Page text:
createDisplay();
 swapBuffers();
 destroyDisplay();
 getDisplayWidth();
 getDisplayHeight();
15  Discussions / Miscellaneous Topics / Re: What do you develop your games on? on: 2014-05-07 12:29:19
In the spirit of friendly chit chat and making the noobs feel welcome  Pointing

I used to have a full sized room.. now I have the space under the stairs.... sobs.... Only just wide enough to fit in two 24in screens. Still a lot better then 14in black/white!

Here is a pic of my rig.

16  Discussions / General Discussions / Re: Are there any artists on this forum? on: 2014-05-05 12:53:45
I only work in 3D, shame I don't have any time right now. College assignments are weighing me down. My be when I'm done I might be able to join in.

17  Discussions / Miscellaneous Topics / Re: What do you develop your games on? on: 2014-05-05 12:41:44
Win7 64 bit (down graded from 8.1)
AMD Phenom II x6 2.80GHz
4 GB ram
Nvidia GTX 650 Ti 1 GB ram
(24in acer 1920 x 1080) x 2
18  Discussions / Miscellaneous Topics / Re: Is our Universe Simulatable? on: 2014-04-29 08:42:14
Ok for this LOD we're talking a very lossy compression ratio of.... Pointing

1 .. 2.. skip a few... 99 100  Grin
19  Discussions / Miscellaneous Topics / Re: Is our Universe Simulatable? on: 2014-04-29 08:13:10
Just an observation from my AI course.

Simulation of a natural system is a model that captures the functional connections between inputs and outputs of the system.

Replication of a natural system is a model that captures the functional connections between inputs and outputs of the system and is based on processes that are the same as, or similar to, those of the real-world system.

Emulation of a natural system is a model that captures the functional connections between inputs and outputs of the system, base on processes that are the same as, or similar to, those of the natural system, and in the same materials as the natural system.

Simulacrum is an imitation... something having merely the form or appearance of a certain thing, without possessing its substance or proper qualities.

Simulation has a purpose to model a system on a certain level of detail. So depending on what level of detail you want to get into you could simulate the universe.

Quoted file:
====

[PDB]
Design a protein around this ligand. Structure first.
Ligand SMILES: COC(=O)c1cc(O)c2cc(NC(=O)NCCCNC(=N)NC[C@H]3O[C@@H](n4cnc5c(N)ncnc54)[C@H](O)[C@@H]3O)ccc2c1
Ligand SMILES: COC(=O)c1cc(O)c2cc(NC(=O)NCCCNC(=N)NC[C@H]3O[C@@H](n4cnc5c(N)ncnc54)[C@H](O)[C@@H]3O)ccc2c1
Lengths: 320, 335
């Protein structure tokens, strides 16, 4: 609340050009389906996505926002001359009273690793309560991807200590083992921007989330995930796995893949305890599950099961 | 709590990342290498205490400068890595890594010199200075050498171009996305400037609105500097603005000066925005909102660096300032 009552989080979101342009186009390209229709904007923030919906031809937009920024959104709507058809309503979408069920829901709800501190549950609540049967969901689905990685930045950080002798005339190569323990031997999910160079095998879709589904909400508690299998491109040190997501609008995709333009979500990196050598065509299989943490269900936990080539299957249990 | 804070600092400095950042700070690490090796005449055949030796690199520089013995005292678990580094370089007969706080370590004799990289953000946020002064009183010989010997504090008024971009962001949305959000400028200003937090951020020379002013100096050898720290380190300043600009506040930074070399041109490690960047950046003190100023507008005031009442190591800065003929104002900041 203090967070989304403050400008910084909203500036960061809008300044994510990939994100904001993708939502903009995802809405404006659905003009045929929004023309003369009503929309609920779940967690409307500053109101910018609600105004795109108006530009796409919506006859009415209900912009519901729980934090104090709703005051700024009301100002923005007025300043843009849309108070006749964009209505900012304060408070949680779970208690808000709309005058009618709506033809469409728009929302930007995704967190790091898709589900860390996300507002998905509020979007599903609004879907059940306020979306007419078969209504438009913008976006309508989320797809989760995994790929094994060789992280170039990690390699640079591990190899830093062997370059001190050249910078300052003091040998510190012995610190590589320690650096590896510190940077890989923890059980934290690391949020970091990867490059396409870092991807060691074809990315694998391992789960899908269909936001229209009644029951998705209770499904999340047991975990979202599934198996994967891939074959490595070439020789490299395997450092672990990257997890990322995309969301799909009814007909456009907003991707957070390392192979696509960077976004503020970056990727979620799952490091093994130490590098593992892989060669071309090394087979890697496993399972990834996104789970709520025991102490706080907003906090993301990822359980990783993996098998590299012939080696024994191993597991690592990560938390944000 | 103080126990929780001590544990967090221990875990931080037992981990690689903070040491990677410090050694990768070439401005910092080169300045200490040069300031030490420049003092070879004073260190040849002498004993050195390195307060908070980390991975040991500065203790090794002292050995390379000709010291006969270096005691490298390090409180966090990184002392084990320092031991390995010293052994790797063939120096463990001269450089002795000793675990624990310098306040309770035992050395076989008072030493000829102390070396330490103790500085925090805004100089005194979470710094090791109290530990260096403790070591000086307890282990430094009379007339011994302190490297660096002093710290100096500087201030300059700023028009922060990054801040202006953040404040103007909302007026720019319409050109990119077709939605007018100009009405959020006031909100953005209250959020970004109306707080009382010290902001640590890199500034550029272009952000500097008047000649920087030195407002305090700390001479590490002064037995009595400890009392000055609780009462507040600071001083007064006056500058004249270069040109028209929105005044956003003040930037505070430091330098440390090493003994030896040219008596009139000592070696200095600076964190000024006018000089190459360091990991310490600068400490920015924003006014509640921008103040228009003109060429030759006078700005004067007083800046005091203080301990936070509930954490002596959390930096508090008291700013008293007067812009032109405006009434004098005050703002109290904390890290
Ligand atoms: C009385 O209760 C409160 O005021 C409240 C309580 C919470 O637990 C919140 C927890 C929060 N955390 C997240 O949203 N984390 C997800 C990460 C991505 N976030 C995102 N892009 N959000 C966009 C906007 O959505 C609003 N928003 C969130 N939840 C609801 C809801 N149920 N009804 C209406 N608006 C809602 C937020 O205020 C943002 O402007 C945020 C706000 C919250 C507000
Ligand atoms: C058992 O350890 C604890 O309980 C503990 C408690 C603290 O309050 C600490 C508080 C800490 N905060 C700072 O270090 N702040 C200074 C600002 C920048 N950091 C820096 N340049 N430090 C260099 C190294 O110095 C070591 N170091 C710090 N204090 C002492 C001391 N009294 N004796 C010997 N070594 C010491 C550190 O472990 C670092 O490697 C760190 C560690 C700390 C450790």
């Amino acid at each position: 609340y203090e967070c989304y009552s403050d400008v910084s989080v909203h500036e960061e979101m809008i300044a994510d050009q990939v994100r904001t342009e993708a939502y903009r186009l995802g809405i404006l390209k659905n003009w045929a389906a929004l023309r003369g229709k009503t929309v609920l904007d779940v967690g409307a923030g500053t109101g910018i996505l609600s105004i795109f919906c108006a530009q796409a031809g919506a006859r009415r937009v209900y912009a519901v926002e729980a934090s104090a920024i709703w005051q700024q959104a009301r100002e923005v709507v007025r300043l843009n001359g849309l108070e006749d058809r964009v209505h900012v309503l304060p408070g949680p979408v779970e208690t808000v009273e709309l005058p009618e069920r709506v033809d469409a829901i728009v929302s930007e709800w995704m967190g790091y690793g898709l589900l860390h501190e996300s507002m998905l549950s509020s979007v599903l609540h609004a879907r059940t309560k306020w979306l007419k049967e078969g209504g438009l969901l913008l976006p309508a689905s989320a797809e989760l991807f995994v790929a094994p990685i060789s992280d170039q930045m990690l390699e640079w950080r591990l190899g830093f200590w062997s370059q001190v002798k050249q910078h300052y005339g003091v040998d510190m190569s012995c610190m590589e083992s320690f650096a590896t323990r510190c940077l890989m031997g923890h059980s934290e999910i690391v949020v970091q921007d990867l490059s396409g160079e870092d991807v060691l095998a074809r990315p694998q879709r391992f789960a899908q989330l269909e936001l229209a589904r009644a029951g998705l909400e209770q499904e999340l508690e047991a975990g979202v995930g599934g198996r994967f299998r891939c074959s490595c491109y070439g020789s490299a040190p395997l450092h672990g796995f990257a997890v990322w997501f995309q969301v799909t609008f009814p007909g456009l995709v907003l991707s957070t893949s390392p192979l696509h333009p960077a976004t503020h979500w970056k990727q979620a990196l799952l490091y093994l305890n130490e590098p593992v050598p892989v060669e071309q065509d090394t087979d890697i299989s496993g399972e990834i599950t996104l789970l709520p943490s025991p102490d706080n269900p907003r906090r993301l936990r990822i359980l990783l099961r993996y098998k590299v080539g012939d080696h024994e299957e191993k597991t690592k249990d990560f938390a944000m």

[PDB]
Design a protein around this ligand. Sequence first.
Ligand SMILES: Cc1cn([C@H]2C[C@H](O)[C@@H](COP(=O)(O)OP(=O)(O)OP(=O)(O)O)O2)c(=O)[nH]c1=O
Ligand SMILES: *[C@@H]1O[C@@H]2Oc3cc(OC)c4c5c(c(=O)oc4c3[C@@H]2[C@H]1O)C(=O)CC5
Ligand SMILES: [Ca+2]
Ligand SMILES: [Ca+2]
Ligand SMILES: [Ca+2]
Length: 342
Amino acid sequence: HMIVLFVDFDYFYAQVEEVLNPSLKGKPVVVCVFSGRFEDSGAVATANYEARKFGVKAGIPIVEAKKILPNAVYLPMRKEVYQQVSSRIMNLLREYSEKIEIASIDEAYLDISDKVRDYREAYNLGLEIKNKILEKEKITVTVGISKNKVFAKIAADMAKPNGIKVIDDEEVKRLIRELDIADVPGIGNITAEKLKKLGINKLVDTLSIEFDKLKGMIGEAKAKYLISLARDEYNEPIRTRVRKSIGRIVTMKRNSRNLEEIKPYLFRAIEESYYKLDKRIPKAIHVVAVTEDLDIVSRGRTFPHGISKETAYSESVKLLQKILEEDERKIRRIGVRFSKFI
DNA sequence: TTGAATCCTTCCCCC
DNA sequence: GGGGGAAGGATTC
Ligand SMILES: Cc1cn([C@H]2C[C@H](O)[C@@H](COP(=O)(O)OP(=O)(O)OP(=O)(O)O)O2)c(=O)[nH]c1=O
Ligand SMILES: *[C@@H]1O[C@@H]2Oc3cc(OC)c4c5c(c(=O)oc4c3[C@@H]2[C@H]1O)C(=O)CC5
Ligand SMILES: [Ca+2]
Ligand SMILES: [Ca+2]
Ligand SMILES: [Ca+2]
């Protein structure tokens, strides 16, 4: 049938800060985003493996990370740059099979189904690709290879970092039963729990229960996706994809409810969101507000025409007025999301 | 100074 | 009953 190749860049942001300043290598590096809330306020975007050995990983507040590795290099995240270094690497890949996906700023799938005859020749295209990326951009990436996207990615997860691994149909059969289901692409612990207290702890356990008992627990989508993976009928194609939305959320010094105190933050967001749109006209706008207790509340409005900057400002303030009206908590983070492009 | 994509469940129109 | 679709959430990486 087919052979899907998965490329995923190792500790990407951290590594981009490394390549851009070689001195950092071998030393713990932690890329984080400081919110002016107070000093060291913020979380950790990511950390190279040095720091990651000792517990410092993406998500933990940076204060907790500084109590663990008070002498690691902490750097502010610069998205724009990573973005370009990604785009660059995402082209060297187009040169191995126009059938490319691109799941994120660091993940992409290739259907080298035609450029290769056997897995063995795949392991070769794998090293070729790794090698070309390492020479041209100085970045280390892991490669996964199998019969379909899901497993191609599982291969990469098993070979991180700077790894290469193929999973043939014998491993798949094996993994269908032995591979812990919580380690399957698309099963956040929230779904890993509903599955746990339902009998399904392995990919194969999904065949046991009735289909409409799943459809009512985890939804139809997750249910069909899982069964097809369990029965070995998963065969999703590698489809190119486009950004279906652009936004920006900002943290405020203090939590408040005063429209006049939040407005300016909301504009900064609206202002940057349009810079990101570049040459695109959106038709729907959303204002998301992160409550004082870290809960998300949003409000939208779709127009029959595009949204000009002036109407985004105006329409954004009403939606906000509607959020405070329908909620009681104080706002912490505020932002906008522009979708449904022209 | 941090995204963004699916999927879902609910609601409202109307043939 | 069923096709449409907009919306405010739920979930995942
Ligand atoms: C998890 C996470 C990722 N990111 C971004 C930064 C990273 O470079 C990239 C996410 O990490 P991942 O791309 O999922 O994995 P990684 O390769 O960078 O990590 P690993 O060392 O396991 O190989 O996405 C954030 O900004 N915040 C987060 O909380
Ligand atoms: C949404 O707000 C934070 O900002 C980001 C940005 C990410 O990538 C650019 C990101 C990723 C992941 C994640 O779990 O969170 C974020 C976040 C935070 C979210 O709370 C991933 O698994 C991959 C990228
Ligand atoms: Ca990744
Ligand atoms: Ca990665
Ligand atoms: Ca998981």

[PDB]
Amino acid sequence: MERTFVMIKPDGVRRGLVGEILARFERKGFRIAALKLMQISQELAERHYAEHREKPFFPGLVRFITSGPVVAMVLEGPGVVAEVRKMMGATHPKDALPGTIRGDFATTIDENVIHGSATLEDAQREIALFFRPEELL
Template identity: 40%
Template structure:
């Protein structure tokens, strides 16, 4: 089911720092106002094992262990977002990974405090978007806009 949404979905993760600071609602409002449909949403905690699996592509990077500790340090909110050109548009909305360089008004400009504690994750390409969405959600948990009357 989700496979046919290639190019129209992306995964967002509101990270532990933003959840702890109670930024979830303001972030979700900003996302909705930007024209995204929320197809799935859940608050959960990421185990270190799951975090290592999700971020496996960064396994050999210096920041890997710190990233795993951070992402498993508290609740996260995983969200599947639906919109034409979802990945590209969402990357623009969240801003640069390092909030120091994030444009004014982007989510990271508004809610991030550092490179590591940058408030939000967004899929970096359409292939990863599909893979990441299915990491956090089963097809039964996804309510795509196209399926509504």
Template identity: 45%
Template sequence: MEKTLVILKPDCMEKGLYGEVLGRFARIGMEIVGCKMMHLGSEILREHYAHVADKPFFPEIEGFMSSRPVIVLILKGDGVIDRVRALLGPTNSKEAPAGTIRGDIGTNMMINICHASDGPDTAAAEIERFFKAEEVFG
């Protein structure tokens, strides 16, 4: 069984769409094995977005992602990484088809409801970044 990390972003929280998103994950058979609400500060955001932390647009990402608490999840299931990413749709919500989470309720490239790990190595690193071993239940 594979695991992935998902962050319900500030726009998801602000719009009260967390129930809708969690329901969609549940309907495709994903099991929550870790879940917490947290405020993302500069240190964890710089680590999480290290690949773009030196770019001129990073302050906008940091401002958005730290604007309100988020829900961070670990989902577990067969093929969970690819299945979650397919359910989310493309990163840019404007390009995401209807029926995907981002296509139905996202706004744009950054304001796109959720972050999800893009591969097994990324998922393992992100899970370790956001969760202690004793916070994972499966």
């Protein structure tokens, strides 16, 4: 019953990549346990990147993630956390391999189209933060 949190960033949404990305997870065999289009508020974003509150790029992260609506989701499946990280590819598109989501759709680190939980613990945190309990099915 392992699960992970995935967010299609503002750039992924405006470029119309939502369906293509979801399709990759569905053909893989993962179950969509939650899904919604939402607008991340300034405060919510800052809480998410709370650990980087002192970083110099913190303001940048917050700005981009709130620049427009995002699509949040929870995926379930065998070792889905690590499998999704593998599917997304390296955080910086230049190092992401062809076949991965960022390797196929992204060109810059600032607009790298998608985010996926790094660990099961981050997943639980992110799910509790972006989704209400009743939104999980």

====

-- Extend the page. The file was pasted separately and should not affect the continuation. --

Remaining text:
20  Discussions / Miscellaneous Topics / Re: Is our Universe Simulatable? on: 2014-04-28 17:48:04
2 mice = 42  Grin
21  Game Development / Newbie & Debugging Questions / Re: Problems rendering .obj file on: 2014-04-28 17:40:21
Just a thought, but can you move your model or move your view/camera around? You might be inside the model if it is the bunny.obj. try rendering in wire mesh mode.

glPolygonMode( GL_FRONT_AND_BACK, GL_LINE );

I find it is easy to use a cube model first so you can make sure all the faces are the right way.
Also if you don't multiply by the modelviewprojection matrix ect the model will not be in the right space.....
22  Game Development / Newbie & Debugging Questions / Re: Problems rendering .obj file on: 2014-04-26 16:14:28
It isn't that simple. You need to use the face data otherwise the vertex data is not in the right order.
23  Game Development / Newbie & Debugging Questions / Re: Problems rendering .obj file on: 2014-04-26 15:49:22
I think you haven't used the face data to build the vertex data.
Try this video by Oskar Veerhoek it is pretty good for learning how to load OBJs

https://www.youtube.com/watch?v=izKAvSV3qk0&list=PL19F2453814E0E315&index=25
24  Discussions / General Discussions / Re: libgdx or unity on: 2014-04-21 22:35:59
@Cero
Quote
The fact that code is involved is... accidental 
Did you mean incidental? Cool
Most of my accidental code is just bad coding. It would be so cool to write a game engine by accident. So far I've written a lot and it is mostly intentional  Grin
25  Discussions / General Discussions / Re: Blender Character Animation formats on: 2014-04-17 10:51:35
I used that tutorial to create a collada importer as well. Its the only one I found that I could use to make an importer for Java. It is not the most optimised implementation but it gets the job done. I have all the mesh and texture data I want and an attempt at the joint and skinning info. I'm still trying to get the skinning to work in my render engine and haven't started using the animation data yet. If anyone has a working example of skinning in a shader they want to share, that would be great. I'm using blender and Ultimate Unwrap 3D so my importer has to be able to work with both.